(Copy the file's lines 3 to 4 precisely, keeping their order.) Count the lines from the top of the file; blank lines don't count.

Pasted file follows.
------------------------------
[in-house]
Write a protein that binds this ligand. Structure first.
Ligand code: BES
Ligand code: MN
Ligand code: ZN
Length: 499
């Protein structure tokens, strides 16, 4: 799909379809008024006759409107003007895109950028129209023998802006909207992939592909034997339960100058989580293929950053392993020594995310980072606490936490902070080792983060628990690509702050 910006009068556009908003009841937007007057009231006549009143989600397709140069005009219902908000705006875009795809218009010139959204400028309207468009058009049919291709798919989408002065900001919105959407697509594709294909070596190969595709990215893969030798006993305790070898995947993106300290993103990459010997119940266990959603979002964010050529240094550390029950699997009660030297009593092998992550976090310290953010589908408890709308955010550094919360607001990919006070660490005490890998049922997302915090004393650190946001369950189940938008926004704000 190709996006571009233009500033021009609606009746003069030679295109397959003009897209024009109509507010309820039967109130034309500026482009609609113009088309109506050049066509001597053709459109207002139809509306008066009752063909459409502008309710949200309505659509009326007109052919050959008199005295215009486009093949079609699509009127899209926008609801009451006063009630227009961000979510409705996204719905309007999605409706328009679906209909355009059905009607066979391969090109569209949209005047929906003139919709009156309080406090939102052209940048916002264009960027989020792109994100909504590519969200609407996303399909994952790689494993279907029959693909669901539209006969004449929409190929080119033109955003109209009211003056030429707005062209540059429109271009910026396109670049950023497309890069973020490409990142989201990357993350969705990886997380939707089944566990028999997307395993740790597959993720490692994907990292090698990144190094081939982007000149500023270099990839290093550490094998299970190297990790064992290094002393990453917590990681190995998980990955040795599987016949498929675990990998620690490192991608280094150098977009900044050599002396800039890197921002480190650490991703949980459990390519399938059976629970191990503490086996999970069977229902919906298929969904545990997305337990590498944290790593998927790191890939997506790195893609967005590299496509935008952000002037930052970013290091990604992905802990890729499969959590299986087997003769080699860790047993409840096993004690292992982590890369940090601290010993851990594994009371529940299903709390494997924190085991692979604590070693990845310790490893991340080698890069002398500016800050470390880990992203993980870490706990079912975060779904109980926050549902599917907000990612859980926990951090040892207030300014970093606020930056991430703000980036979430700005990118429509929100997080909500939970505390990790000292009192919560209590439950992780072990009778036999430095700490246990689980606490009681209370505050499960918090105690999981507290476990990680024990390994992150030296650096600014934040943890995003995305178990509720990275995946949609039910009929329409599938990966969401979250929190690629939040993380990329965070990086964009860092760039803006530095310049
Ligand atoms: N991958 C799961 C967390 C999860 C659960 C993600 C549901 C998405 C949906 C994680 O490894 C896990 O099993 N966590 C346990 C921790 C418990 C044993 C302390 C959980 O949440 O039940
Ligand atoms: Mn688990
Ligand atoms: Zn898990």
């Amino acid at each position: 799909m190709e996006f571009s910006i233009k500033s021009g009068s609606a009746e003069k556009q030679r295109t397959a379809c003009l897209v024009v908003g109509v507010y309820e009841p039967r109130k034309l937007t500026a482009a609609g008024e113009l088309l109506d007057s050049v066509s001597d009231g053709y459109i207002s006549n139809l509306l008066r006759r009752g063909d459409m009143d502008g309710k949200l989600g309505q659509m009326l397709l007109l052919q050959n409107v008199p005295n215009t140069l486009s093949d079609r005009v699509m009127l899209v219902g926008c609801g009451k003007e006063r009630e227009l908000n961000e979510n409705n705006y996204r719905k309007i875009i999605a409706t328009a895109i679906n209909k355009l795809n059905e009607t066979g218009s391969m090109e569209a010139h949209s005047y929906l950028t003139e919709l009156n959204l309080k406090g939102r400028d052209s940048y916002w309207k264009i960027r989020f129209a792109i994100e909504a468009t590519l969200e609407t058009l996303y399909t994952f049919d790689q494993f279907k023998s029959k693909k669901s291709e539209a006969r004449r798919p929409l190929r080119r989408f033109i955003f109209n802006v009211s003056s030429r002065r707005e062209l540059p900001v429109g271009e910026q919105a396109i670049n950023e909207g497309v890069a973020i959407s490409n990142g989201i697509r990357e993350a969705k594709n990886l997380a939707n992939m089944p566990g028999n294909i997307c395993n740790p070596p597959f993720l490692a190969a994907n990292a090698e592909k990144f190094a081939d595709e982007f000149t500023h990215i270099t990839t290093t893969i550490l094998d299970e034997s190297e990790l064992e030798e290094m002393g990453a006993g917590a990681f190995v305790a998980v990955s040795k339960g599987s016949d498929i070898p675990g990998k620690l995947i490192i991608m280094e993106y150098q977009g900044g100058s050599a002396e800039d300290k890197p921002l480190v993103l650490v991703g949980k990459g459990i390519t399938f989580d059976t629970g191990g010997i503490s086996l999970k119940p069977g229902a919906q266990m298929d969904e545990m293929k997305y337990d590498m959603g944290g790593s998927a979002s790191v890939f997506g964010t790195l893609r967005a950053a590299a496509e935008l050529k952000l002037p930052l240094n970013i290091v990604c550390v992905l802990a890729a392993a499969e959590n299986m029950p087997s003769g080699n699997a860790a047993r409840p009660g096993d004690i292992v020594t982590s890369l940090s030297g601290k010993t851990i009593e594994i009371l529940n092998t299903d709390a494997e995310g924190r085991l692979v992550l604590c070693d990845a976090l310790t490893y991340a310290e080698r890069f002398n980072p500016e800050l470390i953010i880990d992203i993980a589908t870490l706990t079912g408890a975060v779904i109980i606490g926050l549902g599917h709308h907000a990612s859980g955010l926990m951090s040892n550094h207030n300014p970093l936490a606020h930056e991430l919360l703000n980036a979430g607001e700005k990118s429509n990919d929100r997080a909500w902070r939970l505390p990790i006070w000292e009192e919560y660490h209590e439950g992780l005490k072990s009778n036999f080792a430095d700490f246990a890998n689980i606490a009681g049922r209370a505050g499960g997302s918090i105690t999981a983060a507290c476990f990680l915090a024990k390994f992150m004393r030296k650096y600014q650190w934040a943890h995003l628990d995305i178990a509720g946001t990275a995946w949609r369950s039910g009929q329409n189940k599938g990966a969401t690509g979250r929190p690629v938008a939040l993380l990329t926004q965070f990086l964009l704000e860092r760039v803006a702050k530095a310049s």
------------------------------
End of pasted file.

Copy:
Ligand code: BES
Ligand code: MN